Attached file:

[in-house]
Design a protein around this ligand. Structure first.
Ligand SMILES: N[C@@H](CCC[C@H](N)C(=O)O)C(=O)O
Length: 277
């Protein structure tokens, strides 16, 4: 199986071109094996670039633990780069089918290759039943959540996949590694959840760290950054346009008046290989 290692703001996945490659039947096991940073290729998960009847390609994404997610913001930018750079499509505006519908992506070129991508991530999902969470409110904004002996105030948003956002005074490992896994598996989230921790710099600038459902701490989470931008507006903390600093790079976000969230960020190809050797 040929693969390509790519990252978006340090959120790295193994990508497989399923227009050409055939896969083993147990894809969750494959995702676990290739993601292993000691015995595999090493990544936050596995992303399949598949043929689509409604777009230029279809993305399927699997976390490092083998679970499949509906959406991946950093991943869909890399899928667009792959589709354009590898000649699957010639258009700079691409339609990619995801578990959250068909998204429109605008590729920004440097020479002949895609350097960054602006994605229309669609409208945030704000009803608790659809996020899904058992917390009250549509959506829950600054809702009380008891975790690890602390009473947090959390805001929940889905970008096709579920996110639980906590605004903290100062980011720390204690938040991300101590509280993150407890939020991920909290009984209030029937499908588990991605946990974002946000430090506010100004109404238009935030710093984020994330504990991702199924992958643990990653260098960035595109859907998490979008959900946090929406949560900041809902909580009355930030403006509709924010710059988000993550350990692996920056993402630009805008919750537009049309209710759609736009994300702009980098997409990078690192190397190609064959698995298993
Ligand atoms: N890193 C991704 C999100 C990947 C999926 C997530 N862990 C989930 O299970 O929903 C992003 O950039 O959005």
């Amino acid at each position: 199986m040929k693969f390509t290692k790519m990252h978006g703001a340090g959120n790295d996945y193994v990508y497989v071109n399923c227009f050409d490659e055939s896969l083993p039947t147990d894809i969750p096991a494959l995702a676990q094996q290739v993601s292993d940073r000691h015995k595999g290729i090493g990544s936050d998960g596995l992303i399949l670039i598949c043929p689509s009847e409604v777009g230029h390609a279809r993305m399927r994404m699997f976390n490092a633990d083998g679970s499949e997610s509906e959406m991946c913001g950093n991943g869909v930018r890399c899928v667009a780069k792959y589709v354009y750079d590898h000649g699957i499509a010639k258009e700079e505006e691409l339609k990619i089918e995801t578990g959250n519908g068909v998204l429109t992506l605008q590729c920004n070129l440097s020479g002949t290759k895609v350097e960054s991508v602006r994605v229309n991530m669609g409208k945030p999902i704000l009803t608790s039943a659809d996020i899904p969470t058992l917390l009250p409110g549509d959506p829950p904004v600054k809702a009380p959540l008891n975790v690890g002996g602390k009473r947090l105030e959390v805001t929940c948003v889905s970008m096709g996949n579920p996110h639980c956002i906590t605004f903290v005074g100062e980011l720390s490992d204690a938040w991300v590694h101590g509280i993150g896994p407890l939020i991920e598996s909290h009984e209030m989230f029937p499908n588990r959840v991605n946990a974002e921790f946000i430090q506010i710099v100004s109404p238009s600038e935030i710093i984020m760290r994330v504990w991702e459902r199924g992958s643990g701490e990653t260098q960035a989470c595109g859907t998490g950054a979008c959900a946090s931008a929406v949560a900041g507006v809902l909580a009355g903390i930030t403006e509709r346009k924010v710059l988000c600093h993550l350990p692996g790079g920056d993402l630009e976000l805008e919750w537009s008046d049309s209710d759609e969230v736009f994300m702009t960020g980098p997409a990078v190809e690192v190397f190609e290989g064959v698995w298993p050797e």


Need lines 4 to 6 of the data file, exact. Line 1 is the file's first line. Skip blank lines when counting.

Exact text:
Length: 277
């Protein structure tokens, strides 16, 4: 199986071109094996670039633990780069089918290759039943959540996949590694959840760290950054346009008046290989 290692703001996945490659039947096991940073290729998960009847390609994404997610913001930018750079499509505006519908992506070129991508991530999902969470409110904004002996105030948003956002005074490992896994598996989230921790710099600038459902701490989470931008507006903390600093790079976000969230960020190809050797 040929693969390509790519990252978006340090959120790295193994990508497989399923227009050409055939896969083993147990894809969750494959995702676990290739993601292993000691015995595999090493990544936050596995992303399949598949043929689509409604777009230029279809993305399927699997976390490092083998679970499949509906959406991946950093991943869909890399899928667009792959589709354009590898000649699957010639258009700079691409339609990619995801578990959250068909998204429109605008590729920004440097020479002949895609350097960054602006994605229309669609409208945030704000009803608790659809996020899904058992917390009250549509959506829950600054809702009380008891975790690890602390009473947090959390805001929940889905970008096709579920996110639980906590605004903290100062980011720390204690938040991300101590509280993150407890939020991920909290009984209030029937499908588990991605946990974002946000430090506010100004109404238009935030710093984020994330504990991702199924992958643990990653260098960035595109859907998490979008959900946090929406949560900041809902909580009355930030403006509709924010710059988000993550350990692996920056993402630009805008919750537009049309209710759609736009994300702009980098997409990078690192190397190609064959698995298993
Ligand atoms: N890193 C991704 C999100 C990947 C999926 C997530 N862990 C989930 O299970 O929903 C992003 O950039 O959005």